Introduction of Germ Tube
Table of Contents
The Germ Tube Test procedure is used for the presumptive identification of Candida species. The culture of Candida species is treated with normal human pooled serum or sheep or rabbit or fetal calf serum and incubated at 37°C for 2-4 hours. A drop of suspension is examined on the slide under a microscope. The germ tubes are seen as long as tube-like projections extending from the yeast cells. There is no constriction at the point of attachment to the yeast cell as seen in the case of Pseudohypahe. The demonstration of the germ tube is known as the Reynolds-Braude phenomenon. This is a rapid method for identifying and differentiating C. albicans from other Candida spp. Buds and pseudohyphae can be distinguished from germ tubes by the constricted attachment at the point of origin. Germ tubes don’t show constriction at the point of origin.
Candida albicans growth on SDA
Candida albicans growth on Chromagar
Principle of Germ Tube Test
A germ tube is a short outgrowth, non-septate germinating hypha. It is ½ the width and 3 – 4 times the length of the cell from which it arises. When Candida species are incubated in serum at 37°C for 2-4 hours and produce short, slender, tube-like structures called germ tubes. The formation of this germ tube is associated with increased synthesis of protein and ribonucleic acid and is observed in Candida albicans.
Requirements for Germ Tube Test
- Test tube (12Χ75 mm)
- Inoculating loop/ sterile bamboo stick
- 24 hours old culture of the suspected fungal colony to be tested
- Clean and grease-free slide and coverslip
- Human pooled serum
- Control strains-Positive control (PC): Candida albicans while Negative control (NC): Candida parasilosis
Procedure of Germ Tube Test
- Take four test tubes and label them as uninoculated (UN), negative control (NC), positive control (PC), and test (T)
- Add 0.5 ml of serum to each test tube.
- Take half of a single colony to be tested by using a sterile loop, and mix with serum in the test tube ‘T’.
- Similarly, take half of C. albicans single colony by using a sterile loop, and mix it with serum in the test tube PC.
- Similarly, take half of C. parasilosis single colony by using a sterile loop, and mix it with serum in the test tube NC.
- Leave an uninoculated tube (UN) without any disturbance.
- Now incubate all the tubes at 37°C for 2 hours.
- Place one drop of suspension from tube tubes Un, NC, PC, and T onto different slides and place cover slips over the drops.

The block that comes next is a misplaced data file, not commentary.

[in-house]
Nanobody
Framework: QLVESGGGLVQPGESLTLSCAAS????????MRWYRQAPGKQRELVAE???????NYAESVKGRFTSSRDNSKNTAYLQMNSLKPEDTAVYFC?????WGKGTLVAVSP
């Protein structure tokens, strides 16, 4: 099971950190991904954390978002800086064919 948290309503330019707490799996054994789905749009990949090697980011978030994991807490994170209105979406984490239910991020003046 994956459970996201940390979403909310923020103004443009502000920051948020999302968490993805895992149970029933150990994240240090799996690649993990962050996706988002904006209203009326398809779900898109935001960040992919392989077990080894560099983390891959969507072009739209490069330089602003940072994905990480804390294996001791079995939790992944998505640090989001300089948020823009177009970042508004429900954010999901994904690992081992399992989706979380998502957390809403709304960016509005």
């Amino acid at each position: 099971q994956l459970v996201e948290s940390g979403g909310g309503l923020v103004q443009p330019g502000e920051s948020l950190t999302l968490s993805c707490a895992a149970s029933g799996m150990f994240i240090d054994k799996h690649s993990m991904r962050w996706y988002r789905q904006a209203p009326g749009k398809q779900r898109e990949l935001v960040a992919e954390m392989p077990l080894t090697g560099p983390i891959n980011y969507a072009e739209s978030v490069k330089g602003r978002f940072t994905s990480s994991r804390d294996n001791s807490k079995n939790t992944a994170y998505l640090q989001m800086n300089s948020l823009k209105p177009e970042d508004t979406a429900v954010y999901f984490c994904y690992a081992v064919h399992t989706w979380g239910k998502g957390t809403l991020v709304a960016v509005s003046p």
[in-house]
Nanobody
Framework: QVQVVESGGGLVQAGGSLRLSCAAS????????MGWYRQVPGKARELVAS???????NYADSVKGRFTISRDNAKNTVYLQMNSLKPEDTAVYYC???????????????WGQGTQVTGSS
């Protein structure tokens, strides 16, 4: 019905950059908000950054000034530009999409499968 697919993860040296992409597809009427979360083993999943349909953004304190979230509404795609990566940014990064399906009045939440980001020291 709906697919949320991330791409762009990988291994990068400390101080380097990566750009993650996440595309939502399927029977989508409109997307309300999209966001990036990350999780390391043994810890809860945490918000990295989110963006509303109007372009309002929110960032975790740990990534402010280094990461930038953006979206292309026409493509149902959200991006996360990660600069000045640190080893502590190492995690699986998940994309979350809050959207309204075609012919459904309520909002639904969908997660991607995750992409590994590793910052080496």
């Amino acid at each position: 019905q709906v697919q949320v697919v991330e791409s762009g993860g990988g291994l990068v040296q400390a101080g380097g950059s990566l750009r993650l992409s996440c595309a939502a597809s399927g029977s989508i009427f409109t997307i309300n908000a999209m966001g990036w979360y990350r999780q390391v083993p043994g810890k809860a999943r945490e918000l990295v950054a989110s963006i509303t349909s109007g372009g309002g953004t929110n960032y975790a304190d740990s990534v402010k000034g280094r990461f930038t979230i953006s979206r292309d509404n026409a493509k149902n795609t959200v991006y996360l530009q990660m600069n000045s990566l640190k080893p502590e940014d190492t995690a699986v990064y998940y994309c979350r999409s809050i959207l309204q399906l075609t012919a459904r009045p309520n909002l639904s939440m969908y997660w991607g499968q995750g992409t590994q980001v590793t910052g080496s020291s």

- Examine the slide under low power (10X) and finally high power (40X) objectives.
Observations of Germ Tube Test
- Under the microscope, the whole field of the coverslip is examined for any yeast cell showing the production of a germ tube.
- Germ tubes are seen as long tube-like projections extending from yeast cells and this should be differentiated from pseudohyphae.
- Differences between germ tube and pseudohyphae-
|No constriction at the site of attachment.||Constriction at the site of the attachment|
|Non-septate with parallel sides.||Septate and not necessarily with parallel sides.|
Result Interpretation of Germ Tube Test
- Positive Result: A short hyphal (filamentous) extension arising laterally from a yeast cell with no constriction at the point of origin. May be confirmed as C. albicans
- Negative Result: No hyphal extension arising from a yeast cell or a short hyphal extension with constriction at the point of origin.
- Uninoculated (UN) tube: Lacking yeast cells
- Negative Control (NC) tube: Absence of germ tube formation
- Positive Control(PC): Presence of germ tubes as shown above figure.
- The exact mechanism of Germ tube formation is still unknown.
Keynotes on Germ Tube Test
- A germ tube is a useful test to identify C. albicans and a few other species which are pathogenic.
- Candida tropicalis may produce pseudo-germ tubes after 3 hrs of incubation but they show constriction at the point of origin.
- Rabbit, fetal calf, or human serum can be used for demonstration of germ tube formation.
- Too heavy inoculum will inhibit germ tube formation.
- Germ tubes are produced by C. albicans and C. dubliensis and one test for distinguishing C. dubliniensis from C. albicans, is a laboratory culture of the organism at 42 °C. Most C. albicans strains grow at this temperature, whereas most C. dubliniensis isolates do not.
- At times, some strains of C. albicans isolated from patients with antifungal drugs or patients with cancer do not produce germ tubes.
Candida albicans Colony Morphology on SDA
Candida species on various culture media (MHA, SDA, Chromagar)
Candida albicans under a Fluorescence microscope stained with Acridine Orange
Candida glabrata in Giemsa stained smear of sputum
Yeast cells and Pseudohyphae in Gram Staining of Sputum
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